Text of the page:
One of the most common tasks when developing a RIA Services application binding to a collection of data. There are some declarative options that include binding directly to your DomainContext or DomainDataSource. These options are great for spinning up applications quickly, but don’t translate well to view model patterns. For that reason, I thought it’d be worth taking a moment to go through the options that make sense in an MVVM context.

Bind to an EntitySet

As of SP1, we improved binding support for EntitySets. EntitySets are aggregating, un-ordered collections. That means every time an entity is loaded by your DomainContext it will be added to its corresponding EntitySet. Binding to an EntitySet will give you a great view of every entity of a specific type your DomainContext knows about. Adding to or removing from an EntitySet will result in calls to the insert and delete operations being invoked when you submit changes to your DomainService.

Making an EntitySet available in your view model would look like this.

  public EntitySet<SampleEntity> EntitySet
  {
    get { return this.Context.SampleEntities; }
  }

Bind to an EntityCollection

In SP1, we also improved binding support for EntityCollections. EntityCollections are collections of entities associated with a specific Entity. In a manner similar to the EntitySet, an EntityCollection will be updated as new entities are loaded into your DomainContext. Each will be added to the EntityCollection of the Entity it is associated with. Adding and removing from an EntityCollection will only update the association. Most of the time, this results in an update operation being invoked when you submit changes.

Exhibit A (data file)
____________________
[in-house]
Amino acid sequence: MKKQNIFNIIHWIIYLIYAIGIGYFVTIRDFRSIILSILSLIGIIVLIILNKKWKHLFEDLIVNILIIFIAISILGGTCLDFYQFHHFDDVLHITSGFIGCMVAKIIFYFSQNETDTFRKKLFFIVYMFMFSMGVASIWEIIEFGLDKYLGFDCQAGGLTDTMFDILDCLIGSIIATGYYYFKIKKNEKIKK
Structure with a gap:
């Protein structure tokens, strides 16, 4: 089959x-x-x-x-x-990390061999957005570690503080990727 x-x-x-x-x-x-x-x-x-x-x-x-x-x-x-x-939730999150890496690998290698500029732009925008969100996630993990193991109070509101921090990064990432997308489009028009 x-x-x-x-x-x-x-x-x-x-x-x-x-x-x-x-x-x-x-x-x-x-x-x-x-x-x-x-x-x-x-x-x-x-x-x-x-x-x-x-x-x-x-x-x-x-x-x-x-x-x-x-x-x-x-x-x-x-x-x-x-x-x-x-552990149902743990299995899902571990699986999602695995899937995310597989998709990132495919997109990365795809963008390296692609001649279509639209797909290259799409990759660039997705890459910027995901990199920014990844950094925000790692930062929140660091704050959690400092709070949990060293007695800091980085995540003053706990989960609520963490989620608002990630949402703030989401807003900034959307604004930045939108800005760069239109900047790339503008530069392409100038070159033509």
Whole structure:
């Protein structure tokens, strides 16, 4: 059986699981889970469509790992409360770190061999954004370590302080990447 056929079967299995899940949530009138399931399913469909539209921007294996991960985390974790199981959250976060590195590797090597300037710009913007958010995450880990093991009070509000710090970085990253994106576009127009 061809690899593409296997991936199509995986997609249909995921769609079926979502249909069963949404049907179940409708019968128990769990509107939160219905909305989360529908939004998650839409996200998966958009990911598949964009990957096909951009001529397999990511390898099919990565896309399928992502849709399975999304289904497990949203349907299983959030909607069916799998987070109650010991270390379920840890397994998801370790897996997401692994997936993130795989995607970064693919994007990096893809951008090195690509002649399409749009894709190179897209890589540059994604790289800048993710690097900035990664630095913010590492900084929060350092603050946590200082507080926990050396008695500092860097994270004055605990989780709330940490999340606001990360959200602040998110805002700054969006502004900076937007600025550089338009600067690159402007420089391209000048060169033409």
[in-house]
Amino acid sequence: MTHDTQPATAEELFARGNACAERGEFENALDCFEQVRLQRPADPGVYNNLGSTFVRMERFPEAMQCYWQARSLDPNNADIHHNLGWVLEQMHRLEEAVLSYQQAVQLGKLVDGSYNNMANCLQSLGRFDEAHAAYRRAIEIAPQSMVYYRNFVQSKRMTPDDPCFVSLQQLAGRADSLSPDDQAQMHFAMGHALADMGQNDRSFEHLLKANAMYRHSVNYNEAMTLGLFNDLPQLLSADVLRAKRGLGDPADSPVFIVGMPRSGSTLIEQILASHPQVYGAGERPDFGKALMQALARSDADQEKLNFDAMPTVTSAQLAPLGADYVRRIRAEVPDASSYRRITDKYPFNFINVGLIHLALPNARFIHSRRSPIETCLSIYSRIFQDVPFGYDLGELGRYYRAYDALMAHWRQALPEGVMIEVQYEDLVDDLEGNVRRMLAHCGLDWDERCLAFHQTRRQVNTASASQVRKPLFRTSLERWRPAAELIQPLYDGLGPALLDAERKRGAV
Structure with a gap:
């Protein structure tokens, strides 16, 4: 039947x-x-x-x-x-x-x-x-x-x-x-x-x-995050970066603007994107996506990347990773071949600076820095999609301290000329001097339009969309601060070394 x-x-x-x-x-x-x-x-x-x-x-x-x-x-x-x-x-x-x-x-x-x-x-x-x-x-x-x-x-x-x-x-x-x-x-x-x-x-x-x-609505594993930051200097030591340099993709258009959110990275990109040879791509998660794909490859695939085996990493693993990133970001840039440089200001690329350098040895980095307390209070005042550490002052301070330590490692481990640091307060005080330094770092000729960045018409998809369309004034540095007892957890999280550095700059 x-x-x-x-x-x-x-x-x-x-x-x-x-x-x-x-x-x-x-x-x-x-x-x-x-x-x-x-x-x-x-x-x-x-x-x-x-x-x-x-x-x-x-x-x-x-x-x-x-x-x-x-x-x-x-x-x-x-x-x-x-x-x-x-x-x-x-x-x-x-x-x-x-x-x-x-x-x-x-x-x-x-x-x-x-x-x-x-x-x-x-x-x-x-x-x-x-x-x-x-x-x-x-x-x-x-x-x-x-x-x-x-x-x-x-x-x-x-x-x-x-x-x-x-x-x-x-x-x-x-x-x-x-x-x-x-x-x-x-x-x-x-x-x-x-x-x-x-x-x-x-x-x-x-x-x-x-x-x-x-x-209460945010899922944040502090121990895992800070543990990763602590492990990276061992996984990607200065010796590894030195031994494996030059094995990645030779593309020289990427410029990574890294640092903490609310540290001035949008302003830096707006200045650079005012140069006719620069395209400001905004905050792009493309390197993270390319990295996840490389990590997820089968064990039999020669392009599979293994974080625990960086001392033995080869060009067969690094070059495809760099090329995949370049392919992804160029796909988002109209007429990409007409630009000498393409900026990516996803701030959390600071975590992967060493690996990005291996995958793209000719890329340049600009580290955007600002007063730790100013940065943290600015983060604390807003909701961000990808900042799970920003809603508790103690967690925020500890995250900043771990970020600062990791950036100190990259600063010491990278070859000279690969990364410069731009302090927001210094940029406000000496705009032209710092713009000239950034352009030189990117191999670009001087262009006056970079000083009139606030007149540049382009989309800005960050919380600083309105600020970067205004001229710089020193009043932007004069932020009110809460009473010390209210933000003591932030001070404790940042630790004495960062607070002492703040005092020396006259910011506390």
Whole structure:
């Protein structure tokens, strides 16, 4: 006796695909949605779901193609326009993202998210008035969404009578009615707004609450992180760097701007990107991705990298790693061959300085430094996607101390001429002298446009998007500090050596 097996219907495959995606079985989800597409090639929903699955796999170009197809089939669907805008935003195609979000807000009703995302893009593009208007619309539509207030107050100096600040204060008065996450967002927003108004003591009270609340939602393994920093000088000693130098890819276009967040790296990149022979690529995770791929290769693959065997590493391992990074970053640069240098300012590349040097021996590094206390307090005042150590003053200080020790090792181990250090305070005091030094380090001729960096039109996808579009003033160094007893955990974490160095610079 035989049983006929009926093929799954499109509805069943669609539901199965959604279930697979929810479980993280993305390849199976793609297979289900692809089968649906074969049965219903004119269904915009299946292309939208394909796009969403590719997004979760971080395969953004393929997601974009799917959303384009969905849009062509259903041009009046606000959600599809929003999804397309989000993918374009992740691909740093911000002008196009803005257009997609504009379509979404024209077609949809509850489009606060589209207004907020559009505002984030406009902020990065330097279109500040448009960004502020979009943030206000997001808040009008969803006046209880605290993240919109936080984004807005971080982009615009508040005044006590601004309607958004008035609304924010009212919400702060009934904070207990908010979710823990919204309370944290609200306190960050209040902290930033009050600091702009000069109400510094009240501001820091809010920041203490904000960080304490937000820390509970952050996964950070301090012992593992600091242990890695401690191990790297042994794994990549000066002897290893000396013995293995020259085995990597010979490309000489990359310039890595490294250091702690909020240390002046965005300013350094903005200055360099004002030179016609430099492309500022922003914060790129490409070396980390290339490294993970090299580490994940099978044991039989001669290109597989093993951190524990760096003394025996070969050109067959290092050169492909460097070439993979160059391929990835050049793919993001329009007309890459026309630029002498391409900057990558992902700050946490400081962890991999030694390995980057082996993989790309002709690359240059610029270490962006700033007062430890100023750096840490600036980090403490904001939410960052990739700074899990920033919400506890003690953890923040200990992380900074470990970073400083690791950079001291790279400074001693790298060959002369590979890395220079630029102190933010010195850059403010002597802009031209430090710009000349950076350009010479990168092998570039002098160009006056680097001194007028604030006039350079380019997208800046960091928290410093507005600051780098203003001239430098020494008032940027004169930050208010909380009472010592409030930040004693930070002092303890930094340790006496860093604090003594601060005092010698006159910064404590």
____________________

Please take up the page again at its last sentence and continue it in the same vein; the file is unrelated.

Since EntityCollections are tied to specified Entities, having a property on your view model seems like an uncommon case. Nevertheless, making an EntityCollection available in your view model would look like this.

  public EntityCollection<SampleEntity> EntityCollection
  {
    get { return this.CurrentEntity.AssociatedEntities; }
  }

Bind to an EntityList

EntityList is a type new to SP1 and can be found in Microsoft.Windows.Data.DomainServices in the Toolkit. An EntityList is an observable collection backed by an EntitySet. The Source property on the EntityList defines the entities it contains, and it will not update as new entities are loaded into your DomainContext. It will update if entities it contains are deleted from the EntitySet or when entities are added or removed from its Source collection. Adding to an EntityList will behave in one of two ways. If the entity already exists in the backing EntitySet, then it is just added to the list. If it does not exist, then it will be added to the EntitySet as well. Removing from the EntityList will always remove the entity from the backing EntitySet. Binding to an EntityList is a great option when you only want to see a subset of the entities your DomainContext knows about.

Making an EntityList available in your view model would look like this.

  private EntityList<SampleEntity> _entityList;
  public EntityList<SampleEntity> EntityList
  {
    get
    {
      if (this._entityList == null)
      {
        this._entityList = new EntityList<SampleEntity>(
this.Context.SampleEntities); } return this._entityList; } } private void LoadSampleEntities() { this.EntityList.Source = this.Context.Load(this.Context.GetAllEntitiesQuery()).Entities; }

Bind to an ICollectionView

In case you’re not familiar with the ICollectionView interface, it’s used by a number of components (DataGrid, DataForm, etc.) as a view over a source collection. For example, when you bind DataGrid.ItemsSource to a collection, it will create a collection view behind the scenes to interact with. Instead of just having the control instantiate a view behind the scenes, you have the option of making the ICollectionView available for binding directly from your view model.